The basic phonemes of English are listed with the consonant, vowel and diphthong diagrams in Chapter 3. Because these two sounds share some features i. The prediction would be that sounds which have features in common would behave phonologically in some similar ways. A sound which does not share those features would be expected to behave differently. If so, then we will be on our way to producing a phonological account of permissible sound sequences in the language.

We can describe those different versions as phones. Phones are phonetic units and appear in square brackets. For example, the [t] sound in the word tar is normally pronounced with a stronger puff of air than is present in the [t] sound in the word star.

If you put the back of your hand in front of your mouth as you say tar, then star, you should be able to feel some physical evidence of aspiration the puff of air accompanying the [t] sound at the beginning of tar but not in star.

In the last chapter, we noted that the [t] sound between vowels in a word like writer often becomes a flap, which we can represent as [D]. The crucial distinction between phonemes and allophones is that substituting one phoneme for another will result in a word with a different meaning as well as a different pronunciation , but substituting allophones only results in a different and perhaps unusual pronunciation of the same word.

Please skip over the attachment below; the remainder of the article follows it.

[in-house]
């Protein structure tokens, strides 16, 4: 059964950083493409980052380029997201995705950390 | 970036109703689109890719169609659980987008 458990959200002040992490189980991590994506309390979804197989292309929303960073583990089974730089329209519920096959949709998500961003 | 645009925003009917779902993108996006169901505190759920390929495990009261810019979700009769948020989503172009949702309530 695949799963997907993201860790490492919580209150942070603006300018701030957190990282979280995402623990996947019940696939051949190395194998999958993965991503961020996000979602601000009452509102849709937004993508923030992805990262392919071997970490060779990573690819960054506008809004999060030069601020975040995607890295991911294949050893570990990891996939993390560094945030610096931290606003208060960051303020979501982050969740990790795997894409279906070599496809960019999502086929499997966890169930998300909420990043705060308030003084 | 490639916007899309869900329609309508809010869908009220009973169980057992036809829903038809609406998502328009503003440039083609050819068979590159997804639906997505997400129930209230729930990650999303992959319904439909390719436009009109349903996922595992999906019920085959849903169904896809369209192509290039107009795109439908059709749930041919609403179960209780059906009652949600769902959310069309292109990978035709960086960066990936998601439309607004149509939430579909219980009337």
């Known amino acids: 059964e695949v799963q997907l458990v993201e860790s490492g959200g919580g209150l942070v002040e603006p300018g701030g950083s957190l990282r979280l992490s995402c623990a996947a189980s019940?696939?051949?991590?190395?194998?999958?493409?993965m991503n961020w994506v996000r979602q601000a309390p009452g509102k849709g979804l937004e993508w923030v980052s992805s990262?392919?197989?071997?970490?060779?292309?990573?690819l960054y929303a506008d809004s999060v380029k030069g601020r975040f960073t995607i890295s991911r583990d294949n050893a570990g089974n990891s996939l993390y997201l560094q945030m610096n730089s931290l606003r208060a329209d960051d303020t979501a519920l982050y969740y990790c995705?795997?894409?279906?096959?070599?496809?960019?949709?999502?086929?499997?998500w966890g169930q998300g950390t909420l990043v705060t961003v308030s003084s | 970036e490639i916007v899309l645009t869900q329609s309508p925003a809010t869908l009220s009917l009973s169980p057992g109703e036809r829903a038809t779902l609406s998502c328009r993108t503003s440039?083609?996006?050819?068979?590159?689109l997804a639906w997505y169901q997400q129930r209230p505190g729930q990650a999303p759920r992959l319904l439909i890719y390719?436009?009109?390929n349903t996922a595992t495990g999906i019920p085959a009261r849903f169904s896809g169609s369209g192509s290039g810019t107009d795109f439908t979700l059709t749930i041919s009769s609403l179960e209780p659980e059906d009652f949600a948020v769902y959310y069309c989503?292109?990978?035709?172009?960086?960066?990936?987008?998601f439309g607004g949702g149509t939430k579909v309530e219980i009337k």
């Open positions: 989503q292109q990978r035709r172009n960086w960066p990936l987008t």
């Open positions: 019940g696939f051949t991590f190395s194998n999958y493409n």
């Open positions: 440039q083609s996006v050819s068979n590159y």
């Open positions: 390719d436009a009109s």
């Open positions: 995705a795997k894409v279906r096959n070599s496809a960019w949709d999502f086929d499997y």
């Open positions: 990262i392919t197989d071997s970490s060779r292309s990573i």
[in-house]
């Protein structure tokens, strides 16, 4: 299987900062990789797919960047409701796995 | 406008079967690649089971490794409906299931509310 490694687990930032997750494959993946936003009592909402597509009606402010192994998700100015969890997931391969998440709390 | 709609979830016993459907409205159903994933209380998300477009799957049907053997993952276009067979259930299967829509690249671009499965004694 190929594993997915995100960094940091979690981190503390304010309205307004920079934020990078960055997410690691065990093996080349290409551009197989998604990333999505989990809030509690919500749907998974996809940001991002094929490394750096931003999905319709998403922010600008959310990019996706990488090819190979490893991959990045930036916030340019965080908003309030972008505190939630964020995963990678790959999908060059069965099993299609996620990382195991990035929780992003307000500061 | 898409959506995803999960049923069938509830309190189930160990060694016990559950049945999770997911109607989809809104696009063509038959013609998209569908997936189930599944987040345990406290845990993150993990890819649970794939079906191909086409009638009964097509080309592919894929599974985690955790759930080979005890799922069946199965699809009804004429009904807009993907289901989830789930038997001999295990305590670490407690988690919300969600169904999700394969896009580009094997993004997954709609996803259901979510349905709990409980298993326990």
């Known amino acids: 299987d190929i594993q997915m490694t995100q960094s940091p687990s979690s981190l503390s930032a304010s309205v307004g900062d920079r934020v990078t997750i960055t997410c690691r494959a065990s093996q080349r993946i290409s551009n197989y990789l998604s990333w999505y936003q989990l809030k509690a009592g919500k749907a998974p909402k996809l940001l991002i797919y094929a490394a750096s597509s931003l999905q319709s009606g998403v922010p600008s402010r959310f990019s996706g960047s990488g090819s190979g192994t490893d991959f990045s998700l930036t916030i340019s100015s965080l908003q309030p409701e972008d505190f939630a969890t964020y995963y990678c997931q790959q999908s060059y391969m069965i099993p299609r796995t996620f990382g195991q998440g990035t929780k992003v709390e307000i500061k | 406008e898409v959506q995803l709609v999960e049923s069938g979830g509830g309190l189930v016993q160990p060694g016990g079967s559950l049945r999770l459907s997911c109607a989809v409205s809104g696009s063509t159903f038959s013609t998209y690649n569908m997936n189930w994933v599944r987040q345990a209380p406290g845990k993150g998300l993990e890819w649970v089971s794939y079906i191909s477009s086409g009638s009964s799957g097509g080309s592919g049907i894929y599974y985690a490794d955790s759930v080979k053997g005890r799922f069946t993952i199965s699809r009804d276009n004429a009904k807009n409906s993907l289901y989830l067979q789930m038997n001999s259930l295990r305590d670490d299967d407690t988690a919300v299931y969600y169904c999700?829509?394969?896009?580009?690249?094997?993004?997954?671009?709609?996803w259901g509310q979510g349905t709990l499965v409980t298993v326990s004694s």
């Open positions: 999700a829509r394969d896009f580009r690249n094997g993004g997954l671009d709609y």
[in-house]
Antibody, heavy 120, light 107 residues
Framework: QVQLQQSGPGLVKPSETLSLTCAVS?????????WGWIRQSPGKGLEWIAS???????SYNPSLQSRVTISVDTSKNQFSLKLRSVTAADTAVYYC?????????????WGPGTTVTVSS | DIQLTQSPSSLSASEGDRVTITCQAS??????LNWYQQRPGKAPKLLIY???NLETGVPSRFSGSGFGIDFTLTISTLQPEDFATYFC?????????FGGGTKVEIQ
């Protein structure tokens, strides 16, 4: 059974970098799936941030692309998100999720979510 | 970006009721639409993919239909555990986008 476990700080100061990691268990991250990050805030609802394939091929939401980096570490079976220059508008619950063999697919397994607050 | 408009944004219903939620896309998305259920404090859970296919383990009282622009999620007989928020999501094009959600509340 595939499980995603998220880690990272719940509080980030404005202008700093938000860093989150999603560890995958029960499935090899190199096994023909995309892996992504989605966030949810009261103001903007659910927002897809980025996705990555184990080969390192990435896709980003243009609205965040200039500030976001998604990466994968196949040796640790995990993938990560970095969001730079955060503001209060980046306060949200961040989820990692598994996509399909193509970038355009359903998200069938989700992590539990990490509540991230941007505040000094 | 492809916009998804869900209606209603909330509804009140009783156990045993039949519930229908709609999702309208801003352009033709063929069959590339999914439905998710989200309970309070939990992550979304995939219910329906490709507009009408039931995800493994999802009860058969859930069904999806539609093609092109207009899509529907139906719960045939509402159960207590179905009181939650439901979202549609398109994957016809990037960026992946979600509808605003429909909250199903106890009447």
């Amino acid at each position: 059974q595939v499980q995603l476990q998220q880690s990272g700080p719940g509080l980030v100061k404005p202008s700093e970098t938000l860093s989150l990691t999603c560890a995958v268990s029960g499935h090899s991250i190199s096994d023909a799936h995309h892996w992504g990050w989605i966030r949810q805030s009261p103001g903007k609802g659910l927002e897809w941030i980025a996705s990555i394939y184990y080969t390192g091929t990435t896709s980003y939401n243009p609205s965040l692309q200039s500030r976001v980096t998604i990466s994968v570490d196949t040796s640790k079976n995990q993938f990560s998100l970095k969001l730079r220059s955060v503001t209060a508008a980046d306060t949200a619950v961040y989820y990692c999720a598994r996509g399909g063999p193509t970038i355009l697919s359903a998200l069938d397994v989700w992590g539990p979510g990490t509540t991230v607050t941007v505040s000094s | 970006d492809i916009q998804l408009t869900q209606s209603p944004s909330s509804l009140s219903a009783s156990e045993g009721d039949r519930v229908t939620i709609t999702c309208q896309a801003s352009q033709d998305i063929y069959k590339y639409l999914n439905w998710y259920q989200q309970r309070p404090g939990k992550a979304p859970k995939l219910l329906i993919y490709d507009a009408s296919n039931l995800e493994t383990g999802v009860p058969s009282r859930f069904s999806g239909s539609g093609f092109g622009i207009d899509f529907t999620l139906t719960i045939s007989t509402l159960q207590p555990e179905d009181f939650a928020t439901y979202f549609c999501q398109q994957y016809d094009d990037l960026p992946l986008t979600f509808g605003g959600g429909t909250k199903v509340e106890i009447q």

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In the second word, the effect of the nasal consonant [n] makes the [i] sound nasalized. It is possible, of course, for two languages to have the same pair of phonetic seg- ments, but to treat them differently. In English, the effect of nasalization on a vowel is treated as allophonic variation because the nasalized version is not meaningfully contrastive.

Clearly, in these cases, the distinction is phonemic. Minimal pairs and sets Phonemic distinctions in a language can be tested via pairs and sets of words. When two words such as pat and bat are identical in form except for a contrast in one phoneme, occurring in the same position, the two words are described as a minimal pair. More accurately, they would be classified as a minimal pair in the phonology of English. Other examples of English minimal pairs are fan—van, bet—bat, site—side.

Such pairs have traditionally been used in the teaching and testing of English as a second or foreign language to help students develop the ability to understand the contrast in meaning based on the minimal sound contrast. When a group of words can be differentiated, each one from the others, by changing one phoneme always in the same position in the word , then we have a minimal set. The sound patterns of language 45 For example, one minimal set based on the vowel phonemes of English could include feat, fit, fat, fate, fought, foot, and another minimal set based on consonant phonemes could have big, pig, rig, fig, dig, wig.

Phonotactics This type of exercise involving minimal sets also allows us to see that there are definite patterns in the types of sound combinations permitted in a language. In English, the minimal set we have just listed does not include forms such as lig or vig. According to the dictionary, these are not English words, but they could be viewed as possible English words. That is, our phonological knowledge of the pattern of sounds in English words would allow us to treat these forms as acceptable if, at some future time, they came into use.